My tomato plants are blooming, but no tomatoes are forming.
Hardiness Zone: 7b
By bluehen from TN
We live on the north shore of MA and have had a lot of rain. We are having the same problem. I found out that because we had so much rain the bees were not able to pollinate the flowers thus no fruit.
Nancy Mc (07/26/2009)
I feel your pain. I live in FL but would imagine the circumstances are the same. One, it could be lack of pollination, in which case, take a small artist brush and pollinate the flowers yourself. It could be too much rain, it could be nighttime temperatures are too hot, or too cool. For a desert plant tomatoes certainly are temperamental. Hope this helps. (07/26/2009)
I live in Oklahoma and have had tomato plants in my gardens every year for what seems like forever. If I don't plant them in the veggie garden, I plant them in bare spots around my house foundation. There are a few things that have worked well for me over the years.
One is that when the plants bloom, but the tomatoes don't set on, you can take a broom handle down close to the main stem and do what my grandmother always said: "Beat it with the broom". You don't beat it so hard that you'll break the main stem or even any leaves. You just basically give it a few good thumps. I don't know what it is or what it does to the plant, but it works.
The 2nd is to keep them watered, but don't water them so late in the day that the leaves don't have time to dry before the sun goes down, otherwise you eventually get a mold and rot. And lastly, I know that when the weather gets super hot (we were in the 110's a few weeks ago), no matter what I do to them, the plants will not set on fruit. Don't worry though, because once it cools down a bit, I'm going to have more tomatoes than I can even give away.
A little secret for having bumper crops of tomatoes: Plant tomatoes in hilled rows that have been covered with straw and allow to grow on the ground. Plant carrots between the tomato rows and you will have sweeter carrots and tomatoes to sell when the neighbors get tired of them and you've put away so many that you're sick of them. (08/02/2009)
By Juanita S.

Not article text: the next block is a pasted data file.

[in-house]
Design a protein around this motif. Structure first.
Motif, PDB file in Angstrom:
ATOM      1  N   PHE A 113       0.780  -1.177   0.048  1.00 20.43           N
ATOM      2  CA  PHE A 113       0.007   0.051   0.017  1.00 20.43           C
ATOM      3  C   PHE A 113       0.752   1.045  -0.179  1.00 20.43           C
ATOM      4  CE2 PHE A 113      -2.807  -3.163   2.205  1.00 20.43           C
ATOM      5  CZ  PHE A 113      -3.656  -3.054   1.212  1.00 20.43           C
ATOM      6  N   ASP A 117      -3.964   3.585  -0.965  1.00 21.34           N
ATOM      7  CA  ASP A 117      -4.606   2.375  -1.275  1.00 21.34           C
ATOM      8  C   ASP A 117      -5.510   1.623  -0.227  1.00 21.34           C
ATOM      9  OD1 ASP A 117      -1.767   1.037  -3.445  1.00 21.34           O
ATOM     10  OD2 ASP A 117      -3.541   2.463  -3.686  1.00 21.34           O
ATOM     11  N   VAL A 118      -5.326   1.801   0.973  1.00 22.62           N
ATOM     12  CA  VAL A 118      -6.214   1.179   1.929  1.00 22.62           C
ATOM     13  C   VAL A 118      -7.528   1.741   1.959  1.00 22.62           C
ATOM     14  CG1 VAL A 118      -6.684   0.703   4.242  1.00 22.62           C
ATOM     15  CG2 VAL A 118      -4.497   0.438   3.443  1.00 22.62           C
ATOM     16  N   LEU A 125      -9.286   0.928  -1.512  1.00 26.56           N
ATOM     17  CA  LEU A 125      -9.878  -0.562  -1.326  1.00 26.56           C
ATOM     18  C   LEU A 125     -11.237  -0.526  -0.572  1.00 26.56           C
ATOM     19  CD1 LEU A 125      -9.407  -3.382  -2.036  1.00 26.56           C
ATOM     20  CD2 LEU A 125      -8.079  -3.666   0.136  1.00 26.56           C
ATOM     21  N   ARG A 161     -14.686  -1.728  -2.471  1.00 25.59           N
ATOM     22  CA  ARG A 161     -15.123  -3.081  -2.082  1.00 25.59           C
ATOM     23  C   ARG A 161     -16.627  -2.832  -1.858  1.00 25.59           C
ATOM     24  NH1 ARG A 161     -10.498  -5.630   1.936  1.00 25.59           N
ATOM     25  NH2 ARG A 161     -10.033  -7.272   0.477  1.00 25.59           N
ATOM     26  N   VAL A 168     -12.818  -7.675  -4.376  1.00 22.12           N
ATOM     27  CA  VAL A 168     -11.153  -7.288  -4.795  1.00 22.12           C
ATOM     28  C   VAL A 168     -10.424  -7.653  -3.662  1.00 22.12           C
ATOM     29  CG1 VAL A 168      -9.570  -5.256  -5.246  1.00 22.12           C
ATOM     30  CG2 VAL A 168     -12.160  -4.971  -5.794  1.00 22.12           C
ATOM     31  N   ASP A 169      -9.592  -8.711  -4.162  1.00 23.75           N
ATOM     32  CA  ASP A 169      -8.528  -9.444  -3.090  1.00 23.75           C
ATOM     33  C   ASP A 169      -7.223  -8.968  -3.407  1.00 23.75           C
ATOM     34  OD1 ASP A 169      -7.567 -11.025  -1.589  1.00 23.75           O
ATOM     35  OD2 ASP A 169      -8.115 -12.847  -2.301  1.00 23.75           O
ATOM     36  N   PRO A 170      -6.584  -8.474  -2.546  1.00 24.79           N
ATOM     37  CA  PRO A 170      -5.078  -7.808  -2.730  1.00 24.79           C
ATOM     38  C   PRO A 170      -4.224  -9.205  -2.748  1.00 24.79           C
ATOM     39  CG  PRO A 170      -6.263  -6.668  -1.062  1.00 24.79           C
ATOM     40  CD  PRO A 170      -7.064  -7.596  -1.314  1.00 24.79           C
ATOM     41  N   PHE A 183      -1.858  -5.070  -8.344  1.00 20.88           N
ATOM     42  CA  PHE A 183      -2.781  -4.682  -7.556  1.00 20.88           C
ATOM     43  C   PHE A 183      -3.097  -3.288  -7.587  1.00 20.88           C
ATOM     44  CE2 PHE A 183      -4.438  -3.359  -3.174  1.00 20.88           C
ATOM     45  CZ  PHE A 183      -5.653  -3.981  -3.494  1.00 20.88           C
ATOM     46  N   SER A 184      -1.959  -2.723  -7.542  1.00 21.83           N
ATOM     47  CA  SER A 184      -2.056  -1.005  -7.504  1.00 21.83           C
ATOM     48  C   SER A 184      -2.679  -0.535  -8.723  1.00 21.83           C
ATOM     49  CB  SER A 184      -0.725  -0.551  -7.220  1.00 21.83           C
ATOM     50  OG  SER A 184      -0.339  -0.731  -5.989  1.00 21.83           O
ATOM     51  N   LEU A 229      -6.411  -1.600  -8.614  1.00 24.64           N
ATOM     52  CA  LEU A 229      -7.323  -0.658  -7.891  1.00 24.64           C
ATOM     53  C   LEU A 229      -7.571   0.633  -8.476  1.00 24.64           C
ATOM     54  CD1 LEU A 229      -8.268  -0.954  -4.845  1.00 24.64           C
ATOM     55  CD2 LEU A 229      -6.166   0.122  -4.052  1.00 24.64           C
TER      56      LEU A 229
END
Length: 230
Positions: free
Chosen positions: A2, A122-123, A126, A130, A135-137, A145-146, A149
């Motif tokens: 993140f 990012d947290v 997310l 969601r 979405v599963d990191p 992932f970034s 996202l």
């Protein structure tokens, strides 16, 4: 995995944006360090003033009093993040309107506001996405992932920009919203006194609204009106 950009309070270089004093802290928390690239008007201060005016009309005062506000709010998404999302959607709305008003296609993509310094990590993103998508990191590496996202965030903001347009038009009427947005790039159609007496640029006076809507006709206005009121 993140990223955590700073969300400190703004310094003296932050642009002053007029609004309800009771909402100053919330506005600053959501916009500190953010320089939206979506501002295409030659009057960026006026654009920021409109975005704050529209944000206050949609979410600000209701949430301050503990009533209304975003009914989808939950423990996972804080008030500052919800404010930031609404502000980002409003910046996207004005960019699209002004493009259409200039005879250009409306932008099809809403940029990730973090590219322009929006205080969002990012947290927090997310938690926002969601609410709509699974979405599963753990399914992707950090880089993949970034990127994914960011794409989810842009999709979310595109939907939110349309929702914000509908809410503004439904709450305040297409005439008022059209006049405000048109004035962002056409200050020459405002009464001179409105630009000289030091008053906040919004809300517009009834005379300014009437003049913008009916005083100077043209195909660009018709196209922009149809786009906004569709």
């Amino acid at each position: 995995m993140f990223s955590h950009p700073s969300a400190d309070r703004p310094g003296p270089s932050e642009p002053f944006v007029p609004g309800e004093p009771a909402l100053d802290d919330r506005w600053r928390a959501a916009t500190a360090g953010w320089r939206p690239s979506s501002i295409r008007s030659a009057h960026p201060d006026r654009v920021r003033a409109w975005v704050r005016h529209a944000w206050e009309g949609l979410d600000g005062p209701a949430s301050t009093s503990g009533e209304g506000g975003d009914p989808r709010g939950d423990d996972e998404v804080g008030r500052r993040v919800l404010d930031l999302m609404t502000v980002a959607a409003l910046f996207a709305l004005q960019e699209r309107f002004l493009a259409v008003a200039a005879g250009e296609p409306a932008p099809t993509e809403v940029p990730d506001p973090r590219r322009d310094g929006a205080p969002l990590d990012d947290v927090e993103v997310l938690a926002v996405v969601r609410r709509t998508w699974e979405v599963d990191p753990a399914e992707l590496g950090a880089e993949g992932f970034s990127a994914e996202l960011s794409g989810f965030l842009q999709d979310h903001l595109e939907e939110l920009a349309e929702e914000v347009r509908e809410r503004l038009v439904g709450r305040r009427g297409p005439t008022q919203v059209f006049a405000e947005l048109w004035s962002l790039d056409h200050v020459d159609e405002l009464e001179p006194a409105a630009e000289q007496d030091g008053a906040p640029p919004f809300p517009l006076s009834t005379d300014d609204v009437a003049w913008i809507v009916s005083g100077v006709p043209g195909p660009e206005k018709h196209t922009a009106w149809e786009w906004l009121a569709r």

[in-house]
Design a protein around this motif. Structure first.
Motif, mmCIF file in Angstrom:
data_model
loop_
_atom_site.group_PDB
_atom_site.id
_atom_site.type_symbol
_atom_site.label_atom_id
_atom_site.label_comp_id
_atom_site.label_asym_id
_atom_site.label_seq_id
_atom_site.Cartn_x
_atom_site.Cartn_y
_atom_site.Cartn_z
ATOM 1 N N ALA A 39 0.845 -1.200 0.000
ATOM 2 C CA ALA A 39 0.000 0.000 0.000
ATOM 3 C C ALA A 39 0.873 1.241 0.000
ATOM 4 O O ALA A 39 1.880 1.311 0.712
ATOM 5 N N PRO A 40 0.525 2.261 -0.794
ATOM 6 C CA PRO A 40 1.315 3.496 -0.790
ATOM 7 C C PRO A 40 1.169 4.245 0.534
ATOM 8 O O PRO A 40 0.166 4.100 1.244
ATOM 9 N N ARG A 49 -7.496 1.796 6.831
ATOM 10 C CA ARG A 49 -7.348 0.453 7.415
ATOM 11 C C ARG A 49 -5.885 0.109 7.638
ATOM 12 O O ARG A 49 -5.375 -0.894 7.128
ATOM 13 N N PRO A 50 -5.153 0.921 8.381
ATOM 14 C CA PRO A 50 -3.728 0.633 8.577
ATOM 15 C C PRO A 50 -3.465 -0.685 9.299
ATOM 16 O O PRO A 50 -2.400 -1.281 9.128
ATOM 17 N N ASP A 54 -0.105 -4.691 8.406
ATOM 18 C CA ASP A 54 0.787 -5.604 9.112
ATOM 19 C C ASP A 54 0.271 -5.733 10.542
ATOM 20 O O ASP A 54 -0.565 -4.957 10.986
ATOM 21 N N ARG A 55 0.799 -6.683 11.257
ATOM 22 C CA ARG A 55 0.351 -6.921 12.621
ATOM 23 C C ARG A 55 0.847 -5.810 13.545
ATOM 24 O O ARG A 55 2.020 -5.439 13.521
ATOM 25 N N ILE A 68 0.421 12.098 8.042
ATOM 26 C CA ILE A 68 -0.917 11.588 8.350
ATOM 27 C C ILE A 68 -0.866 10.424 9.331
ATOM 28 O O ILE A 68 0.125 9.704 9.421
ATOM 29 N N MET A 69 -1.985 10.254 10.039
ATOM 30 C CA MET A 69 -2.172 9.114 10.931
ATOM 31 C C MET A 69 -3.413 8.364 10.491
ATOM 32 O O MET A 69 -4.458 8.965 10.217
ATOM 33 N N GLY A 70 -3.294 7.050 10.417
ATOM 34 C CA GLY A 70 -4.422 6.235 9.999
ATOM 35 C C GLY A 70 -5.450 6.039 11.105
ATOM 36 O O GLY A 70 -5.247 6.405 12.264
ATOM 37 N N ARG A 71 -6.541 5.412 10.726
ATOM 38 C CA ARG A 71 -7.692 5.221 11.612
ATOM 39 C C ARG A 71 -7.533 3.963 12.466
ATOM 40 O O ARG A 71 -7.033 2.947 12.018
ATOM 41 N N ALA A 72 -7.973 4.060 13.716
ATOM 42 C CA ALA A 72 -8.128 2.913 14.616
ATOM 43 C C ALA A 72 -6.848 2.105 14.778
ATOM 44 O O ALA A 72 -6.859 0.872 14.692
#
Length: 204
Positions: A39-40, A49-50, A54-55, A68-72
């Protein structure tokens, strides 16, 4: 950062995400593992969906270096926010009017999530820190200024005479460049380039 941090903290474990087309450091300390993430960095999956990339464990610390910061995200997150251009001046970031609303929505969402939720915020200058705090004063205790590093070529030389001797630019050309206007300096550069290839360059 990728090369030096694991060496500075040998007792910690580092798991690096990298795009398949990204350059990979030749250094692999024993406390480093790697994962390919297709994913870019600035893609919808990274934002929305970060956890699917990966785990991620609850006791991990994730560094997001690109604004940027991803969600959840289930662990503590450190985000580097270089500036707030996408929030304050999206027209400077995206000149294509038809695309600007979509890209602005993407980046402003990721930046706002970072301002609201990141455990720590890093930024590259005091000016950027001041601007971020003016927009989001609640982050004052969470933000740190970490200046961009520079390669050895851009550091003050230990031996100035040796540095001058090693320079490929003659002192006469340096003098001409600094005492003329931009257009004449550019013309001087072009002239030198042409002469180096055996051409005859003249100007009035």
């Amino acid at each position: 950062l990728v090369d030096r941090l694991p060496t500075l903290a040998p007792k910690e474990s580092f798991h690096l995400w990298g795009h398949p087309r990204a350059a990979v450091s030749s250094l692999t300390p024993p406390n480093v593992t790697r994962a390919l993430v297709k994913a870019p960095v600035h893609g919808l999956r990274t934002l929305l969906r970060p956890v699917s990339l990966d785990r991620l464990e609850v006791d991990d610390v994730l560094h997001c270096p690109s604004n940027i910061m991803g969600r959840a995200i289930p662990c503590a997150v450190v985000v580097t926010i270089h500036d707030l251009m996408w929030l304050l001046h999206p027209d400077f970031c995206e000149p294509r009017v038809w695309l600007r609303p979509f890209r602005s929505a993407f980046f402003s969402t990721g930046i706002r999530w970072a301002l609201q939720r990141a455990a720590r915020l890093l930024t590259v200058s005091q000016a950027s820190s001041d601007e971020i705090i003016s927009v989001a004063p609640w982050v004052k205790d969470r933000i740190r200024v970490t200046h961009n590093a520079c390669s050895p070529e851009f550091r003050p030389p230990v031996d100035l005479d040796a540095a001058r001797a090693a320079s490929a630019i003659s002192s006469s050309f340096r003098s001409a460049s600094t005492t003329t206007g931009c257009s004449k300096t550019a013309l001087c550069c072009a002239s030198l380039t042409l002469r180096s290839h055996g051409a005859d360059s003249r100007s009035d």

First, no tomatoes will set fruit if the temps are above 90. Tomatoes are self pollinating so all you need to do is shake the plants once in a while to pollinate them.
Once every 2 or 3 months give them a shot of Epsom salts, 3 TBSP in 1 gallon of warm water, you can add it to Miracle Grow or use plain; it is also great if your leaves are yellowing and you can add the Epsom salt treatment to everything that grows, from grass to trees.
Don't use too much cow manure, a little is good, but too much will make the leaves grow at the expense of flowers and fruit. Goat or rabbit manure is better.
When you plant the tomatoes in the ground remove all the bottom leaves, I only leave maybe 2 sets of leaves on the top and plant the stem up to the leaves. I also dig down below where the roots will rest when planting and add manure and mix well, the plants will hit the manure eventually and give them a boost. Making "manure tea" is also a great way to fertilize them.
For larger tomatoes, remove the suckers as you see them, they are the new sets of leaves that appear in the crotch area between the stem the leaf joints, if the sucker gets very big use scissors to cut them off and you can root them in a glass of water and start your own new tomato plants.
To help fight dirt borne bacteria always stake the plants and don't let them lay on the ground. Last but not least, water the plants very deeply, a little sprinkle will encourage the roots to grow up to get the water and some tomato varieties can send roots over 20 feet down. (08/26/2009)
Add your voice! Click below to comment. ThriftyFun is powered by your wisdom!